Monday, 10 July 2017
As part of the Muslims March Against Terrorism, some 60 imams stopped on the stairs of the Bourse (Stock Exchange) in Brussels at 11:00 on Monday in front of a crowd of onlookers that was just as large in number, according to the police. The initiative aims to condemn the attacks committed in the name of Islam. One man disrupted the event. He was restrained and dismissed but not arrested, according to Ilse Van de Keere, spokesperson for the Brussels-Ixelles police.
Speeches were made on the stairs. Imam Hassen Chalghoumi, president of the French Imams Conference and co-organiser of the march, thanked Interior Minister Jan Jambon for his presence and support. He said that the terrorists “have sullied Islam and Muslims.” The imams reminded that, according to Islam, the man who kills an innocent man, kills all mankind.
While Rabbi Avi Tawil, the director of the European Jewish Community Center, shared his dream of one day seeing everyone in agreement over religions or clothing in the streets, a man aggressively called him a liar several times before being restrained and dismissed by police officers. “We must not get things mixed up”, said Jan Jambon. “Taking security measures alone is not enough if we are to eradicate violent extremism at the root. We must strengthen the social fabric and we must heal and promote our model of society and tell our young people: ‘Our society offers a wealth of opportunities. Take advantage of them. We will help you in this process.'”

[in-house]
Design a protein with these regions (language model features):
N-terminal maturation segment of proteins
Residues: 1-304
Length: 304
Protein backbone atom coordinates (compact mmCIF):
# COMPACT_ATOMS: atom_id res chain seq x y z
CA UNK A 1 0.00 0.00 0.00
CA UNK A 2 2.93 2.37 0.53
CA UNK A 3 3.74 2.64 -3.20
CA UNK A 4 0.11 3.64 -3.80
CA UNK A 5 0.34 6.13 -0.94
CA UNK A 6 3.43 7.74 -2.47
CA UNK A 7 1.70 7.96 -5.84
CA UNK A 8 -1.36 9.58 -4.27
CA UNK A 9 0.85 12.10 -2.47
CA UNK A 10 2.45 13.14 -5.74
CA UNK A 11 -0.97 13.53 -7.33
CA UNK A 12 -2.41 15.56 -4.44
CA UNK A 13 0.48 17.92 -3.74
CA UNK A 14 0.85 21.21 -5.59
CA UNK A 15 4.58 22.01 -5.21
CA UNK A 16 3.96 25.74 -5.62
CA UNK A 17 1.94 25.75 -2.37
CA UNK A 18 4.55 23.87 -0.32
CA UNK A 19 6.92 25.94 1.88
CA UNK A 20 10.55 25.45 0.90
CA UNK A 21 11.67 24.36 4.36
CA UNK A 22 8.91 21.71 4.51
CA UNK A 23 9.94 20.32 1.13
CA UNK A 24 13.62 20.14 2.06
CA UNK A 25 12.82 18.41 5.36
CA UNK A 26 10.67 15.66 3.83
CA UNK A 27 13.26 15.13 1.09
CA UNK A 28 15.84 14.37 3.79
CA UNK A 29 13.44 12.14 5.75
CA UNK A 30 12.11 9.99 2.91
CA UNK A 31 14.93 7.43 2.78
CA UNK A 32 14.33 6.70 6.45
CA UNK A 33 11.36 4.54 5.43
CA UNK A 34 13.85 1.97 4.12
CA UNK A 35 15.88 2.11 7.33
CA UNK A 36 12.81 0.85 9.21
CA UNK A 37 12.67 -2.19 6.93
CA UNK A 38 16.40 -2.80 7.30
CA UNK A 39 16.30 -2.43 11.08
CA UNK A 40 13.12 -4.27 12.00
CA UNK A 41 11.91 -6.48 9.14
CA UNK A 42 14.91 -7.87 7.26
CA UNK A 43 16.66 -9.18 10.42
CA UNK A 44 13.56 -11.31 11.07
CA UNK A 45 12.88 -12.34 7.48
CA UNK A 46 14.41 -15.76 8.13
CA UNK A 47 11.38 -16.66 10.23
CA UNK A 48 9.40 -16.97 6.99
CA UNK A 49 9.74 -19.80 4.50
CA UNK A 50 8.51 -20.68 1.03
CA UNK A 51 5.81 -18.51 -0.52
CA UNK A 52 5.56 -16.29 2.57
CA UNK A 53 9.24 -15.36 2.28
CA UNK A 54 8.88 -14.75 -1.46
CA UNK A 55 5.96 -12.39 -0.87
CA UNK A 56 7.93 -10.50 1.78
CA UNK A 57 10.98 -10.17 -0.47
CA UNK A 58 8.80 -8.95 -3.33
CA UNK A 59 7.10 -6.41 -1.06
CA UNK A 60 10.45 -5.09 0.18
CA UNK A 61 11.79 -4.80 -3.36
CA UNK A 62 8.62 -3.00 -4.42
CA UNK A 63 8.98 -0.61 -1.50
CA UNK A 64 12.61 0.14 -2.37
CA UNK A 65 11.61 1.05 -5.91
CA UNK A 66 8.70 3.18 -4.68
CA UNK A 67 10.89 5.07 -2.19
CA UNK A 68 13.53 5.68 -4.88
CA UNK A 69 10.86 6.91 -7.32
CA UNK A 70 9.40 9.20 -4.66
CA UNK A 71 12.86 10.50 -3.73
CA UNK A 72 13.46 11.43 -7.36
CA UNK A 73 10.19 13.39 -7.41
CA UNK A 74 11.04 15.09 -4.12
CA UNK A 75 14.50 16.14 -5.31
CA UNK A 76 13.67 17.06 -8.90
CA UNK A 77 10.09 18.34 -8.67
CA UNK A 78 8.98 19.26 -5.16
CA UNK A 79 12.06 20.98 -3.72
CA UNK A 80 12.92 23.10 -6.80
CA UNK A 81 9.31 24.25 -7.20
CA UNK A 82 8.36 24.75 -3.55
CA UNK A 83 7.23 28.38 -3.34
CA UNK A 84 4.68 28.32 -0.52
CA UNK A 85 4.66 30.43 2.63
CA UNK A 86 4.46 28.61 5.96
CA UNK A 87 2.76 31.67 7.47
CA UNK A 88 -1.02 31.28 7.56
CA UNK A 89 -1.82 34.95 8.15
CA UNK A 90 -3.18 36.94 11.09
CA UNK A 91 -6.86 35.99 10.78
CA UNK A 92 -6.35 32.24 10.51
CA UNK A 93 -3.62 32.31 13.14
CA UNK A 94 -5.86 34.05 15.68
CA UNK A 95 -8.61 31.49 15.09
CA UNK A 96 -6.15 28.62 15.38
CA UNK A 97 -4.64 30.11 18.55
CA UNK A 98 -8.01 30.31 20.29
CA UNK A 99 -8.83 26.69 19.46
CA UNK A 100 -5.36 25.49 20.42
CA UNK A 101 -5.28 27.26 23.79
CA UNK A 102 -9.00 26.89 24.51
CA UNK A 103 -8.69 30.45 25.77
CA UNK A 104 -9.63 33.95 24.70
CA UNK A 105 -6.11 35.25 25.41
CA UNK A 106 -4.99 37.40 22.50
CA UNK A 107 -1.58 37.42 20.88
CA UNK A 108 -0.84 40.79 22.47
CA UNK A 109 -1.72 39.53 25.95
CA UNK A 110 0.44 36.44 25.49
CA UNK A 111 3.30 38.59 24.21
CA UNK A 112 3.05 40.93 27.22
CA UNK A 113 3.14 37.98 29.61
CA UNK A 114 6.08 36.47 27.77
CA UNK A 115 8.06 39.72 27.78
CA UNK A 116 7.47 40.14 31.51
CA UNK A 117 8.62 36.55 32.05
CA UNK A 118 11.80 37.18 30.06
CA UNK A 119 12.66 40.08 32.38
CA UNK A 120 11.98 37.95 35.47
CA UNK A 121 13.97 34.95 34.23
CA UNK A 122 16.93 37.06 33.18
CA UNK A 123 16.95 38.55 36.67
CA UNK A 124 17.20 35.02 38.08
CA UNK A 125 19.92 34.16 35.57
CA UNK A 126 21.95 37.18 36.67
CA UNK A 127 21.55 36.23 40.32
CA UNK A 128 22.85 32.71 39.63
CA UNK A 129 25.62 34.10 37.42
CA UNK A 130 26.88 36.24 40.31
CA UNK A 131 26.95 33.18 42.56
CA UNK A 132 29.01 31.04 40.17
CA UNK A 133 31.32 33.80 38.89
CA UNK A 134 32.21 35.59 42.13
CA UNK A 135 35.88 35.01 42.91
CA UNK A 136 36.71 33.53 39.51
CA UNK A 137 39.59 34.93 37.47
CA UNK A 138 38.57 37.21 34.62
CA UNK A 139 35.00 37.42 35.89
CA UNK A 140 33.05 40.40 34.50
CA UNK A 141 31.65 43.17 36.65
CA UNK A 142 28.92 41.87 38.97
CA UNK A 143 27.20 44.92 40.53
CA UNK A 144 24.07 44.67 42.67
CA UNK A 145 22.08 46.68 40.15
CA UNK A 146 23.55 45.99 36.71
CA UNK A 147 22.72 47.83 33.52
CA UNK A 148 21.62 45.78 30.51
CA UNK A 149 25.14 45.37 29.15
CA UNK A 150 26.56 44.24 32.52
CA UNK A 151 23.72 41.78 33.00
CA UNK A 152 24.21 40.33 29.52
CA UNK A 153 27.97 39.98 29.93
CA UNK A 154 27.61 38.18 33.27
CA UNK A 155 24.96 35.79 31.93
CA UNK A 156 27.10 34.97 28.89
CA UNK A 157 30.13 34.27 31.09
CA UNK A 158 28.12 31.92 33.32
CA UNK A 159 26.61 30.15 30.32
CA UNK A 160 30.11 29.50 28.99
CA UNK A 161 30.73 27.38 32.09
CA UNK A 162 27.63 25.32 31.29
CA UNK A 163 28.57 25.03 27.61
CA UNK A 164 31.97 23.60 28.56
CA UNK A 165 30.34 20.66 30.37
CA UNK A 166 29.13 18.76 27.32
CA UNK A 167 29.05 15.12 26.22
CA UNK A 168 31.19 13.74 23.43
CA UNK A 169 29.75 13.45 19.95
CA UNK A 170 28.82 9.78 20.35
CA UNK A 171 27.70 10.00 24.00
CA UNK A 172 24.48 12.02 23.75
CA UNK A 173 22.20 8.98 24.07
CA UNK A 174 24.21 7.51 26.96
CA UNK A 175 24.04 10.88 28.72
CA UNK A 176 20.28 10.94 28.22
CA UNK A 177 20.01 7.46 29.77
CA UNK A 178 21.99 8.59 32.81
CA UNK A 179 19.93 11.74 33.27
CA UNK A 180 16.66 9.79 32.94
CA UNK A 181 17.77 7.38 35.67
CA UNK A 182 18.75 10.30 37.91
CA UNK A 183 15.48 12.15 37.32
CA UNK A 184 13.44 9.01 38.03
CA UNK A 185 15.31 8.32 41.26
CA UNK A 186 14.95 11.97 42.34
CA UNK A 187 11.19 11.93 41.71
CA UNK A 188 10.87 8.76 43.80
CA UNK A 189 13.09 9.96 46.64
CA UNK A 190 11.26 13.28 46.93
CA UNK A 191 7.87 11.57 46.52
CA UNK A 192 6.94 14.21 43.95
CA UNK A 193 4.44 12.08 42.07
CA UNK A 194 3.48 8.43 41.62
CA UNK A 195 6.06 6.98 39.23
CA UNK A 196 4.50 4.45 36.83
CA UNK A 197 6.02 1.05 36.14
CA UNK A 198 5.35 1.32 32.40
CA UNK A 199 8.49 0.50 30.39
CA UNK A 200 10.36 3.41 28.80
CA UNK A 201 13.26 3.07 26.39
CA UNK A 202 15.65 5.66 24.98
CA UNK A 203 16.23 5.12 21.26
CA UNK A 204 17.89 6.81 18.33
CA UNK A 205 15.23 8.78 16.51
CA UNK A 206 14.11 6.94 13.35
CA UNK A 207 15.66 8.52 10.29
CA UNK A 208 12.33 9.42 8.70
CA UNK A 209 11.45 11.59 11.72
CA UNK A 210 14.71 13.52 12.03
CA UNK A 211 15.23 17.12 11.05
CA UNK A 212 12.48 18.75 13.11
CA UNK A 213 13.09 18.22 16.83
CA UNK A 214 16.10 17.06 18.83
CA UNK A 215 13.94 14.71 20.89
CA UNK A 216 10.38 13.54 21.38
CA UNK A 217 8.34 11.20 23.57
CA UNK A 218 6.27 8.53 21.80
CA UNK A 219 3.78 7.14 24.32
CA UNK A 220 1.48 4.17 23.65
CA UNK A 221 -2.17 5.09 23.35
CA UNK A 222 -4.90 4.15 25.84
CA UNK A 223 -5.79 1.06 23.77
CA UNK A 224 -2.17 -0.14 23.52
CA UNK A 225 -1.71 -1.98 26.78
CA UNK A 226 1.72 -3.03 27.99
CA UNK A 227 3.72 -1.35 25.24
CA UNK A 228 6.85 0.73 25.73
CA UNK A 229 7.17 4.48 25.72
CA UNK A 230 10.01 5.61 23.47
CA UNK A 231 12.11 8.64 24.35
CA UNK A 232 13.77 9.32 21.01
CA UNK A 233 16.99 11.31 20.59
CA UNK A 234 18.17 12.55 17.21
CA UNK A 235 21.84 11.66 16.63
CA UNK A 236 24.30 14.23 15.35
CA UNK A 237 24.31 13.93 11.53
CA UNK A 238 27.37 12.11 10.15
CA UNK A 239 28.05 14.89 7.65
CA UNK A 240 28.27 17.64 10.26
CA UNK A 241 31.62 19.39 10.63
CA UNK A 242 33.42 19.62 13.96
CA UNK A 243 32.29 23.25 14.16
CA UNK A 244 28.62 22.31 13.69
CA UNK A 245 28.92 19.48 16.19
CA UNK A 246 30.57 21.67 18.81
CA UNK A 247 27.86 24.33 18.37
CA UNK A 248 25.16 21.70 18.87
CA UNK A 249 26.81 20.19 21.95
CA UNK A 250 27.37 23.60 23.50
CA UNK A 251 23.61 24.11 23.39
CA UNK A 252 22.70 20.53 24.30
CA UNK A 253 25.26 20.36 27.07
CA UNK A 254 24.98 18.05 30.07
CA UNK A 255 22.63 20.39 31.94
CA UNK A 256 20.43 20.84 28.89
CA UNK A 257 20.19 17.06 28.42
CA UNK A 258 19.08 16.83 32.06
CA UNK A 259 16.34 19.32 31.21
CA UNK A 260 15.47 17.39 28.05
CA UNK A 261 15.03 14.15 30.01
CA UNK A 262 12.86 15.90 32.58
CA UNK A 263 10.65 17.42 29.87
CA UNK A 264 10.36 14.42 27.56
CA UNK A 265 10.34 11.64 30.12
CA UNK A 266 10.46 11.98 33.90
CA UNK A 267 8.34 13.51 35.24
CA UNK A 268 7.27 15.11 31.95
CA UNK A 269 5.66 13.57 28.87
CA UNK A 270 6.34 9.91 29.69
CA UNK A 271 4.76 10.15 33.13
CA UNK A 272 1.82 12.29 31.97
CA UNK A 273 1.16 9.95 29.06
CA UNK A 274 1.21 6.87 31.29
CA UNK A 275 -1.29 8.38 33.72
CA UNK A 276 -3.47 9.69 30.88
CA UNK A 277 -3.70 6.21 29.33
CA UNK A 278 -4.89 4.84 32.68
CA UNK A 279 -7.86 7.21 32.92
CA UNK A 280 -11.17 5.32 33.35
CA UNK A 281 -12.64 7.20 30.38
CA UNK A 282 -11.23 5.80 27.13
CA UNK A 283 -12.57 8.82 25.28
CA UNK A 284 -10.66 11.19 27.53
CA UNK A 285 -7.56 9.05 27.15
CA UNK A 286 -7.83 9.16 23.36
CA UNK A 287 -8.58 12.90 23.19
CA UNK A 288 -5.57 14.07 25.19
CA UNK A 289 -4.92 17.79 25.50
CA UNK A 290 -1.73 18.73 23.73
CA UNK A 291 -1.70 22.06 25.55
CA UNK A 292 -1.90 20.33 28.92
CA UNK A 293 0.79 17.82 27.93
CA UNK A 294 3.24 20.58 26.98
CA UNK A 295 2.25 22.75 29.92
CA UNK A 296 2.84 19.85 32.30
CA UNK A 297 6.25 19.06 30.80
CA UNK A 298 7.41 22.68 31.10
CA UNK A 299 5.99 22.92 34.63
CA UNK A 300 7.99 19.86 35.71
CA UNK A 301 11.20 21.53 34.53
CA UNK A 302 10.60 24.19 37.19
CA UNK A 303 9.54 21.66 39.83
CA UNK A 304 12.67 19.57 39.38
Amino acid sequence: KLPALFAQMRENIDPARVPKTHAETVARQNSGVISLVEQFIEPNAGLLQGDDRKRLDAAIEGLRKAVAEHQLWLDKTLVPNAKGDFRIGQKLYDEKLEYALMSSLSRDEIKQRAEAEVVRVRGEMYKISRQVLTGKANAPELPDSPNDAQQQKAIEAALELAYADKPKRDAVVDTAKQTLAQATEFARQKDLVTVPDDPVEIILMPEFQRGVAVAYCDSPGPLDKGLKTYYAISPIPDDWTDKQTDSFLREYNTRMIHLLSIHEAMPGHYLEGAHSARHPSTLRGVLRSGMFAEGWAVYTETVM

The march comes from Germany and will travel to France tomorrow. “Bringing together cities harassed by terrorism is an act of strength, stressed the Brussels Alderman of Religious Service, Alain Courtois. “Brussels has paid a heavy price for hatred.” The French Jewish writer, Marek Halter, the co-organiser, hopes that with this march “people will say to themselves: ‘Basically, they are just like us.’ We want to show that we are all made in His image, as is written in the three monotheistic religions. It is time for us to proclaim this with strong conviction.
Many people of the Islamic faith made the journey. A woman in her sixties said “they are murderers who have used religion as a tool to do evil” when referring to radicalised terrorists.
The Brussels Times